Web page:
What is your favorite race on the calendar? And why?
Actually, I don’t know yet because I haven’t tried the spring races yet. I missed the last two seasons due to track racing. I’ll race some of the Spring Classics this year.

What changes would you like to see in the sport?
Of course, I’d like to see women’s cycling become as big as men’s cycling. That we could have as big events, salaries, teams, equipment and everything at the same level as what men have. I think I’m lucky I’m in a really good team with great sponsors, but it’s not the same for all women cyclists.

Is there a men’s race that you like to see in the calendar?
Paris-Roubaix maybe. For men it’s such a long and tough race. It’s a really prestigious race to win and it could be fun to do it, too.

What message do you have for young female cyclists?
I would say it’s fun and challenging at the same time. You need a great team but you also have to be a strong individual. It’s a lot of work but when you get the chance to travel to so many places around the world, it’s really nice.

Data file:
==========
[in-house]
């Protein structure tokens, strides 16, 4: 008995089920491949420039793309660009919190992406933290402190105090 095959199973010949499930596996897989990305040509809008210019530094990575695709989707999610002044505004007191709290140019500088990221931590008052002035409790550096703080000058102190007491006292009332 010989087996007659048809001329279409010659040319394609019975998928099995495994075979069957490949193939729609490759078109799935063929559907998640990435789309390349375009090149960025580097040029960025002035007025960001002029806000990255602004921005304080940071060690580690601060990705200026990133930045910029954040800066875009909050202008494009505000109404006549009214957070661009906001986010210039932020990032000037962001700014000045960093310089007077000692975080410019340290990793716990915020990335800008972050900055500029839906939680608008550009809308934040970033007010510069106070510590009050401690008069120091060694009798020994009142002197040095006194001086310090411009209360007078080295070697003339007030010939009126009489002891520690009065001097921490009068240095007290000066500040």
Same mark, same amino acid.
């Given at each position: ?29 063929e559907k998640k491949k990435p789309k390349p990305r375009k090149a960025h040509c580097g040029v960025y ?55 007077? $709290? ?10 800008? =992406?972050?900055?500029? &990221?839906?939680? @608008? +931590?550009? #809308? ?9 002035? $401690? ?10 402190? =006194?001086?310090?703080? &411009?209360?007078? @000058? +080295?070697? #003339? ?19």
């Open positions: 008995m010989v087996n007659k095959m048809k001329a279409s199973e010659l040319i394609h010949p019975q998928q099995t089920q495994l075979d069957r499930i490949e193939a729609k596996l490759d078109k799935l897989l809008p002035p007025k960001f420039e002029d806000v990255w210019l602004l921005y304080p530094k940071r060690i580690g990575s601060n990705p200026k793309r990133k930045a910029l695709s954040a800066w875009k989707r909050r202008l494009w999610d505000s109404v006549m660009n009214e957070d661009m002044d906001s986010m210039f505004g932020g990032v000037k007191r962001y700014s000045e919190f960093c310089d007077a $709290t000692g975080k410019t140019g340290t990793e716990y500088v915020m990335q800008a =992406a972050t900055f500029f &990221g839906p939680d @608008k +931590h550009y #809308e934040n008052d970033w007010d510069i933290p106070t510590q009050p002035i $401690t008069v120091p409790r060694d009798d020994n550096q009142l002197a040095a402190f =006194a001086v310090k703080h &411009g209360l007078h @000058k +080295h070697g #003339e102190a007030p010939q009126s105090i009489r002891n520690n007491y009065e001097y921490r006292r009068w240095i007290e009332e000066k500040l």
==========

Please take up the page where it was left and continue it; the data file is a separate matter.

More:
Photo © Victor Lucas

More About Amalie
Nationality: Danish
Age: 20
Residence: Suburbs of Copenhagen
Nickname: ‘Wickie the Viking’ by her teammates, after a 1970s popular cartoon in the Netherlands.
Specialist: All-rounder, Classics, Track
Pro since: 2015  
Key results: Road World Champion (2016), Junior Road World Champion (2014, 2013), 5x National Track champion, National Road race Champion (2014, 2015), Boels Rental Ladies Tour (two stages), Lotto Belgium Tour (one stage), energiewacht Tour (one stage).

Follow @AmalieDiderikse on Twitter and @amaliedideriksen on Instagram